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Two officers disciplined in fatal St. Petersburg shooting

ST. PETERSBURG — No one has ever disputed that Lelann Cooley goaded officers into fatally shooting him on an early Saturday morning in September.

Cooley, authorities said, had sunk into depression and was suicidal. In the days before his death, he told his family he intended to make police do it by forcing them into a standoff.

On Sept. 7, after neighbors complained about noise, officers found the 46-year-old on his porch, a handgun at his side. He refused to follow their commands, and went inside his home at 3311 40th St. N and grabbed a rifle, which he then pointed at the officers. They shot and killed him.

Later that month. Pinellas-Pasco State Attorney Bernie McCabe said the officers —six in all — did nothing criminal.

But on Thursday, police Chief Chuck Harmon disciplined two of them, ruling that Officers Christopher Turbee and John Phifer violated the department's use of force policy.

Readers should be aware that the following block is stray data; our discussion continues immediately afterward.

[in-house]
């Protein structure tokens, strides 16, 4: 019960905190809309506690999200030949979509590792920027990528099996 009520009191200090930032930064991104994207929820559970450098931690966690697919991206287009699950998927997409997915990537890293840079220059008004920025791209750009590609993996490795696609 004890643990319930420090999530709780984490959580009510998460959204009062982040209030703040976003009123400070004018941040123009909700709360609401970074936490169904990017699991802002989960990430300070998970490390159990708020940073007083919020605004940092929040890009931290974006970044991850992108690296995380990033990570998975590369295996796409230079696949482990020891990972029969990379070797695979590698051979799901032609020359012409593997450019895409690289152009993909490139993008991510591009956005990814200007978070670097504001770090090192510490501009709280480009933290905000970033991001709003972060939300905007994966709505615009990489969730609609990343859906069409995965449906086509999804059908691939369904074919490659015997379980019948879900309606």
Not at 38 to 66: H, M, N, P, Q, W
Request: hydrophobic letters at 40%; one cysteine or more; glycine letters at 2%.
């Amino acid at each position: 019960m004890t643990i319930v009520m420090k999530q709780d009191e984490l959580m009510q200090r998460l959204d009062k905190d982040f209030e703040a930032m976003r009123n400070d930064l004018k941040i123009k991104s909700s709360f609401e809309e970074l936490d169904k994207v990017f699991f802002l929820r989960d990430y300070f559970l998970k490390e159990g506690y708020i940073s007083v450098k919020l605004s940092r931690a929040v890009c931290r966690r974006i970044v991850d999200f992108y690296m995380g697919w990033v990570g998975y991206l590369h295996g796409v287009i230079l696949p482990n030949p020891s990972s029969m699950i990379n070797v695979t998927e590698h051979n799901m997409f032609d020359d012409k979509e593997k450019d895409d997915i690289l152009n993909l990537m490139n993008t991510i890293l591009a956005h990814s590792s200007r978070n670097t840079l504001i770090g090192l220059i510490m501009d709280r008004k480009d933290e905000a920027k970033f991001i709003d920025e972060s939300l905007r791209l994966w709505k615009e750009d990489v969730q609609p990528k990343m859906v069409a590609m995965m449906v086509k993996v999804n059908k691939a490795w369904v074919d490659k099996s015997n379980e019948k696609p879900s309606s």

Harmon said Cooley presented a real threat — but Turbee and Phifer did not actually see that threat and joined in only after hearing their fellow officers' shots. Neither man had a specific target, which is a rule at the agency.

"At no time during the discharge of their firearms did Officer Phifer or Officer Turbee have a clear sight of Mr. Cooley, nor did they observe a firearm being pointed at other officers," Harmon wrote in a memo Thursday. "They never actually witnessed a threat at all, and were behind sufficient cover."

Authorities were not able to determine if any of the six bullets Phifer shot or the 13 Turbee shot struck Cooley, police said. Cooley died of multiple gunshot wounds.

Turbee, 37, and Phifer, 34, were given employee notices, a written, formal form of discipline that stays in an employee's permanent file. They have been with the department 14 and 10 years, respectively.

The four other shooting officers were justified in their use of force that night, Harmon said.

In addition to the Cooley case, a shooting review board also was held for the Sept. 23 fatal shooting of Kenneth Sprankle, a 26-year-old transient who with a history of mental illness. Officer Damien Schmidt, 55, shot Sprankle on a rainy Monday evening, after finding Sprankle chasing people around downtown with an ax in his hand. Harmon said Schmidt, who also was cleared by McCabe, was justified in his use of force.

Contact Kameel Stanley at (727) 893-8643 or Follow her @cornandpotatoes on Twitter.

Two officers disciplined in fatal St. Petersburg shooting 10/31/13 [Last modified: Thursday, October 31, 2013 11:34pm]
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